History and the Public Sphere

Efforts to create a common European culture of memory fall back especially on the main common historical narratives. This risks eliminating the ambivalences of historical experience and options for a more differentiated view. At the same time the history of the region of Eastern Europe is threatened with being broken down into a wealth of national histories competing with one another. Victim and hero narratives have shaped the national narratives and interpretations of historical events of the twentieth century in Eastern Europe. Actors from historical museums, memorials, and other institutions of historical culture have a significant impact on these discourses, serving to shape knowledge, perception, narration, and visual associations in many ways.
The aim of the Imre Kertész Kolleg's History and the Public Sphere research area is to contribute to differentiated, contextualized, and objective debate of historical culture. It does not see itself as an independent historical, political actor, but instead addresses museum workers, exhibition makers, and researchers to provide them with a forum for exchange outside of national contexts encumbered by political history.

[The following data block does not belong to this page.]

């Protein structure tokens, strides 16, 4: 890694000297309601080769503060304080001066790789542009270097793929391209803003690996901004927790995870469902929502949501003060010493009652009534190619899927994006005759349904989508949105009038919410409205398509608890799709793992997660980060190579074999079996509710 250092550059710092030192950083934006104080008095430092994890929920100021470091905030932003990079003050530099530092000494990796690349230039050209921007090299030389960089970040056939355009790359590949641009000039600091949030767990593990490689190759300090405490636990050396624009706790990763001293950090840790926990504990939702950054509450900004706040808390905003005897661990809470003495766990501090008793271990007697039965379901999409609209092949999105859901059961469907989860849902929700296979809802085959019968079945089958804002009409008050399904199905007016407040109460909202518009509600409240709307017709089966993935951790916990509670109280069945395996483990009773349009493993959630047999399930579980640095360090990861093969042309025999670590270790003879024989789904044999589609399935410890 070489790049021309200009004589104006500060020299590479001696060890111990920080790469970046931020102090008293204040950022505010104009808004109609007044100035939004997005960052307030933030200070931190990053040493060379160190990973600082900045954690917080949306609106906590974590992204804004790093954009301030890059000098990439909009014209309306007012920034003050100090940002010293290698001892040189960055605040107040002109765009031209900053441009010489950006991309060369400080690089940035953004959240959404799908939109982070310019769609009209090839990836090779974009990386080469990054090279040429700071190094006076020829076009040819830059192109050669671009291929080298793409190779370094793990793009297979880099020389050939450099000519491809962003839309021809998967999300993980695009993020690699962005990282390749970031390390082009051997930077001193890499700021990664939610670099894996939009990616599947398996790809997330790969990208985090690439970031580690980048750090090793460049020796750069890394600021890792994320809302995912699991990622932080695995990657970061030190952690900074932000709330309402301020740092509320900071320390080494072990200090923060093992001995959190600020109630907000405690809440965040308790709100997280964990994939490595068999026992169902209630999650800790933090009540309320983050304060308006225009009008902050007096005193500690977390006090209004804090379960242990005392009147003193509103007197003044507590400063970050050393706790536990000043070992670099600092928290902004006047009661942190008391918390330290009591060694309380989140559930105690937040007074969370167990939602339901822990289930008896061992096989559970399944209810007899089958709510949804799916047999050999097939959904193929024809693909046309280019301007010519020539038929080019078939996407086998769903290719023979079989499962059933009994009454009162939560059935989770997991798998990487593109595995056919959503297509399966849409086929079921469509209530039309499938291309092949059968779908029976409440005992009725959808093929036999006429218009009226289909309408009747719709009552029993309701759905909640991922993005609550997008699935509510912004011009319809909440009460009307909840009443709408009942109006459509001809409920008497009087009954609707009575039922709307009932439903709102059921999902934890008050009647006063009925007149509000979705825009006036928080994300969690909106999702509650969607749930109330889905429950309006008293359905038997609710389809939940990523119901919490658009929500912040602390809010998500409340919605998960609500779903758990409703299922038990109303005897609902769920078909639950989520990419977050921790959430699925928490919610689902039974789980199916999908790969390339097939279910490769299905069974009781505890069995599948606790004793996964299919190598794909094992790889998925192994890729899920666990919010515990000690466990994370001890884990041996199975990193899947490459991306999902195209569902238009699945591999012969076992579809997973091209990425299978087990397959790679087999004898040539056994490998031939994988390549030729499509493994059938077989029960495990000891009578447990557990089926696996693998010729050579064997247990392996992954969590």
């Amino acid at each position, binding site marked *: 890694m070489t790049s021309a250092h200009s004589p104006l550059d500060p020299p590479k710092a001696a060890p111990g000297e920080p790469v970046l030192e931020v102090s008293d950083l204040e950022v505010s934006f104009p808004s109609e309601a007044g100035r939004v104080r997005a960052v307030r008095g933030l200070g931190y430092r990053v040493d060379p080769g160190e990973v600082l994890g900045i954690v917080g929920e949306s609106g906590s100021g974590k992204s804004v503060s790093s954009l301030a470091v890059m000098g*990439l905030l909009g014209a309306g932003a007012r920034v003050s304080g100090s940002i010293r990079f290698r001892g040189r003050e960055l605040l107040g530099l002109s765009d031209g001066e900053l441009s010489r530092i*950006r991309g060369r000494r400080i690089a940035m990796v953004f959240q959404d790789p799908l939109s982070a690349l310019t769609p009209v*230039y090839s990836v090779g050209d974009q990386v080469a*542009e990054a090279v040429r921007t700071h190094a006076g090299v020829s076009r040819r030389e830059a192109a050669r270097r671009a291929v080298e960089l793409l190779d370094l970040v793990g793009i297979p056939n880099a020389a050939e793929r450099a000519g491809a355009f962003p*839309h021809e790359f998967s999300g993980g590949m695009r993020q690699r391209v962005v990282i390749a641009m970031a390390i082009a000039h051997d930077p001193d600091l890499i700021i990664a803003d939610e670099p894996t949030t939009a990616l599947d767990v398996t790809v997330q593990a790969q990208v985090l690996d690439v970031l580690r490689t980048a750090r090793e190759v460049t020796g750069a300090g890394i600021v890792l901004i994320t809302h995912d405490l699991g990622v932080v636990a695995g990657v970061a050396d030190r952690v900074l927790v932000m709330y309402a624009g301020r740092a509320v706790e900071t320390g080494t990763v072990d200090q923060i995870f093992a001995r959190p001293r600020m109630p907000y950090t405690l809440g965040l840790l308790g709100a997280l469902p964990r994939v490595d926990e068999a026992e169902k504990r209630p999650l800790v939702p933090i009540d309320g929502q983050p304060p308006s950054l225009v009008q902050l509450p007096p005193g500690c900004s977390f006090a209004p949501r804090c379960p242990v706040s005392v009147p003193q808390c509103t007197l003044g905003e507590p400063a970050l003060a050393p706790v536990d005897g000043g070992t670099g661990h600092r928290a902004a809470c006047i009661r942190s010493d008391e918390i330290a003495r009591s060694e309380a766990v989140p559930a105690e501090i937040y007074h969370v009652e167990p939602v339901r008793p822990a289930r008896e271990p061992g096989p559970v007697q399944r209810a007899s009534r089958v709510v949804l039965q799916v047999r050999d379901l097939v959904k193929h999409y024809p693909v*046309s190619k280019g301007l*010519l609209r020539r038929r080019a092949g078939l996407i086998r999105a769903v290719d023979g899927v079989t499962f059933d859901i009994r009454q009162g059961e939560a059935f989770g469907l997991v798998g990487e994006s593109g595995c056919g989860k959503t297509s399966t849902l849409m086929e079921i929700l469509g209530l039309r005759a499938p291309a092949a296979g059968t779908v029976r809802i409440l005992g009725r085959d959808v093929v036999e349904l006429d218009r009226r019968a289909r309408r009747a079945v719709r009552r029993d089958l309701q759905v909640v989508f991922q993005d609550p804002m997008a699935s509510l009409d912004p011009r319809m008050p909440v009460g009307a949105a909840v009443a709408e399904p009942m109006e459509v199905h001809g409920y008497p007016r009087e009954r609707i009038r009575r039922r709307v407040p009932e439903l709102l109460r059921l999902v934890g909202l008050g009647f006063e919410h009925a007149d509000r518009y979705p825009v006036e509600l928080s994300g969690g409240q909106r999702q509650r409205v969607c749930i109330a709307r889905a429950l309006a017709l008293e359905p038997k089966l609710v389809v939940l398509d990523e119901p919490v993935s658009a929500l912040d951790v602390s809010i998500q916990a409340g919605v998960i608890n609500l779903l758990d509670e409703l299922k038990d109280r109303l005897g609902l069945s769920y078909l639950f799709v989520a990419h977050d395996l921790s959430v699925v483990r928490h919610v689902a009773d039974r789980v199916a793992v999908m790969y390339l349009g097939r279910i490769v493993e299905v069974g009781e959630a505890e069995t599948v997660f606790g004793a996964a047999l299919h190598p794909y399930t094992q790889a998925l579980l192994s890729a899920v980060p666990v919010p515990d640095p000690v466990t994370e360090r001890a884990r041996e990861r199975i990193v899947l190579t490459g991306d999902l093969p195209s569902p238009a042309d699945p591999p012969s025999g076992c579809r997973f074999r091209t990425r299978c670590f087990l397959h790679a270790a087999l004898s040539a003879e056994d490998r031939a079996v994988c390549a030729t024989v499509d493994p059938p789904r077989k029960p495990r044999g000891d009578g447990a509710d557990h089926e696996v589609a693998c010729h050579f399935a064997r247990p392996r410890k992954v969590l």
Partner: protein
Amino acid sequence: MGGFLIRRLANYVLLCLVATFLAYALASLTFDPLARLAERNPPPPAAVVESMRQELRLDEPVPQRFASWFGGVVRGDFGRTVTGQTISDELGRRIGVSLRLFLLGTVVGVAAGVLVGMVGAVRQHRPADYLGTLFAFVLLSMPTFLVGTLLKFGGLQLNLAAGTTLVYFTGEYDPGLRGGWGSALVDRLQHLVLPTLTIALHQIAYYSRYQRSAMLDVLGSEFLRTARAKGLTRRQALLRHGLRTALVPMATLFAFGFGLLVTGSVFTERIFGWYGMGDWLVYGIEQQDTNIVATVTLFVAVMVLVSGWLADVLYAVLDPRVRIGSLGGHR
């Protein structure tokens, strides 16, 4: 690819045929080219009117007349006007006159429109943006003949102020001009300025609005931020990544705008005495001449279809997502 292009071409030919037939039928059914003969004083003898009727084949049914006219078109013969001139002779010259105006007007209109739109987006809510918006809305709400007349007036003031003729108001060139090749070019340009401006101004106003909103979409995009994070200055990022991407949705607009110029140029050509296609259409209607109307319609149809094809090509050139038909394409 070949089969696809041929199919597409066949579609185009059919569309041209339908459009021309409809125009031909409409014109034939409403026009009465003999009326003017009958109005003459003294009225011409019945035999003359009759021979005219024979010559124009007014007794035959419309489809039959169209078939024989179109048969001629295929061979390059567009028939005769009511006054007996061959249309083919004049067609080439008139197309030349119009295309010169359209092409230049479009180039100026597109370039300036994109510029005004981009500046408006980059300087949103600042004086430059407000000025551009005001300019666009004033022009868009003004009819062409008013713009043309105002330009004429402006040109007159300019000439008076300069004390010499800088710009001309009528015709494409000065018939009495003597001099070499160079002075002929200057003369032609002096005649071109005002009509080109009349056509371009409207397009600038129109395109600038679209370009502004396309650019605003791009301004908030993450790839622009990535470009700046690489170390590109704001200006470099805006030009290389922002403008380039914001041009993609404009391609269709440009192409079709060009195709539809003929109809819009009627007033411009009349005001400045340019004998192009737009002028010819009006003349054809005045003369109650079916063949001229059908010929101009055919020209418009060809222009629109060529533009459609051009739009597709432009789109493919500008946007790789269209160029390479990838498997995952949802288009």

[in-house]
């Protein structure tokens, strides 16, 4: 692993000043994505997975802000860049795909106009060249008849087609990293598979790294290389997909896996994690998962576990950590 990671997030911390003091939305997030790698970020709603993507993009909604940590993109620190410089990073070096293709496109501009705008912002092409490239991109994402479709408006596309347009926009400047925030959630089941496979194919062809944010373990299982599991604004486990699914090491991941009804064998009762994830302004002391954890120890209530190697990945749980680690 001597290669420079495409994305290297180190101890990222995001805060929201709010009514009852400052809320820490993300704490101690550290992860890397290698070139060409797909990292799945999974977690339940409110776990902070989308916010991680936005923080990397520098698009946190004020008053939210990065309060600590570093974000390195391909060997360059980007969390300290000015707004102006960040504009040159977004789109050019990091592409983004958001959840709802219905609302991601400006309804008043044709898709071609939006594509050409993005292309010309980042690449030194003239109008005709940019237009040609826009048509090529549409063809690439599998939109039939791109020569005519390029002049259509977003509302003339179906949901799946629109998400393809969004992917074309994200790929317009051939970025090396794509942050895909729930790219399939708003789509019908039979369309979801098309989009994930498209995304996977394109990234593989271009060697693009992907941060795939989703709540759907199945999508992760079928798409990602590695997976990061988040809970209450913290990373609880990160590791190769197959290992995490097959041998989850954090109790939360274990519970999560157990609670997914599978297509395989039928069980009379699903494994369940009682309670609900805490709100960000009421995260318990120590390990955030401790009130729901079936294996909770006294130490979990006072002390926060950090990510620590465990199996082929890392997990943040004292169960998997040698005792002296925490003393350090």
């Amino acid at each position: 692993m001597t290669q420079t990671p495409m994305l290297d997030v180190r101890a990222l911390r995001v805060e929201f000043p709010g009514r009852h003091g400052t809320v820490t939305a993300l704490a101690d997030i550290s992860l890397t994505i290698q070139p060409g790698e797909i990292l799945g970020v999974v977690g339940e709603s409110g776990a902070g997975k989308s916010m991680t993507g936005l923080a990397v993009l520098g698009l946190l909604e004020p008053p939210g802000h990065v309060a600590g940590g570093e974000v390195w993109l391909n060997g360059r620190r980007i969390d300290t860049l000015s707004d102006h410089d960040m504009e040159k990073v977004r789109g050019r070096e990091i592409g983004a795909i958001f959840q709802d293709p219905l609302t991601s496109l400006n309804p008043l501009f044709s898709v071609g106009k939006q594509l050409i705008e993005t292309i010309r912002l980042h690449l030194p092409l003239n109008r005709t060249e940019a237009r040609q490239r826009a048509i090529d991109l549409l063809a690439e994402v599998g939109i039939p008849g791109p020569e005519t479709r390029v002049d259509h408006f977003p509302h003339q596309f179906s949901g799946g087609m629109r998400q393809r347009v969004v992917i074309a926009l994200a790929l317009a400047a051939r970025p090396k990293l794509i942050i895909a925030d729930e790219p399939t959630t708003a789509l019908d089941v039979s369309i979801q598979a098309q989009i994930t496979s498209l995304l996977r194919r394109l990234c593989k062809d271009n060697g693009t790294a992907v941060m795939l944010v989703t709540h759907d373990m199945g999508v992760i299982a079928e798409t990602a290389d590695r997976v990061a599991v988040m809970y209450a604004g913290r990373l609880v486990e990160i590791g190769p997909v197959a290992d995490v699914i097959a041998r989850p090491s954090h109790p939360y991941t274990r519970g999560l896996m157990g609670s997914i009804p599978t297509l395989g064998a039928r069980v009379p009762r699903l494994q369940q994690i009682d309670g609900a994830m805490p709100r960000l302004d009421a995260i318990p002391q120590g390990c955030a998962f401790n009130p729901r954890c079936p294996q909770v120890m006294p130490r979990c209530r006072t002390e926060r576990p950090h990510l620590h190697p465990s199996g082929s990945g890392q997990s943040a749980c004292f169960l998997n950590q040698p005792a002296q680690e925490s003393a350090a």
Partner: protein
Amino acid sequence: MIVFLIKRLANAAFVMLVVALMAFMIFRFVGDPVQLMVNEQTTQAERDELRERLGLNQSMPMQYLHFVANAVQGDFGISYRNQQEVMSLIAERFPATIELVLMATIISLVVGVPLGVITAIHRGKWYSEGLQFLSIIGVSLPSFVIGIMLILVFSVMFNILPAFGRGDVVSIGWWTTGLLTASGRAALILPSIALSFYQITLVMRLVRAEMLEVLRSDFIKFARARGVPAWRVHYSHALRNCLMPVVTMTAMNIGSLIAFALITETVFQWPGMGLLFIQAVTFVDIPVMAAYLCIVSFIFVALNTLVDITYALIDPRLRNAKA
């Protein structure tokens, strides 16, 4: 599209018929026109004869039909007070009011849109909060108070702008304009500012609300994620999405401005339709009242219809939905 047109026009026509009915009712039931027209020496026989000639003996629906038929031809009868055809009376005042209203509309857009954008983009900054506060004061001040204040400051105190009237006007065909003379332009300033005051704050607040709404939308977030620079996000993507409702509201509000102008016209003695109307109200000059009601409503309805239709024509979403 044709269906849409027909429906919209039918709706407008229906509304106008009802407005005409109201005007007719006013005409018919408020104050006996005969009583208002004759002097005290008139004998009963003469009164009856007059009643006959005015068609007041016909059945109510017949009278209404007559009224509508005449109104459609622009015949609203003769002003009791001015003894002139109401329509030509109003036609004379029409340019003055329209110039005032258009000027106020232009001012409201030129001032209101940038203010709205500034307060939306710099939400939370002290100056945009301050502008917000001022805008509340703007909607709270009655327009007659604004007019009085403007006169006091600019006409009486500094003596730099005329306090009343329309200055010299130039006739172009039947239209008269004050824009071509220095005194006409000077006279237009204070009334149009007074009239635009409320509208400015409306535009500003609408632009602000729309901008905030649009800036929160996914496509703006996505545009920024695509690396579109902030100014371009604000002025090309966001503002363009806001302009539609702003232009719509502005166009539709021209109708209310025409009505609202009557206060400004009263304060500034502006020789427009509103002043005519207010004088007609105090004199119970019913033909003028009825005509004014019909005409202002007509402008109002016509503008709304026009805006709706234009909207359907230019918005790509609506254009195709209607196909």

Establishing a network of correspondents, an interactive Internet portal, workshops, and excursions will serve to create offers and options for scholars and people working in historical culture to be able to engage in an intensive dialogue on current topics of historical culture and to scrutinize and critically reflect on their own role and significance as actors in historical culture. The History and the Public Sphere research area thus represents an explicit contrast to the processes of forming a European memory. Instead, it takes a decided step toward strengthening a transnational and reflected-upon historical consciousness in Europe.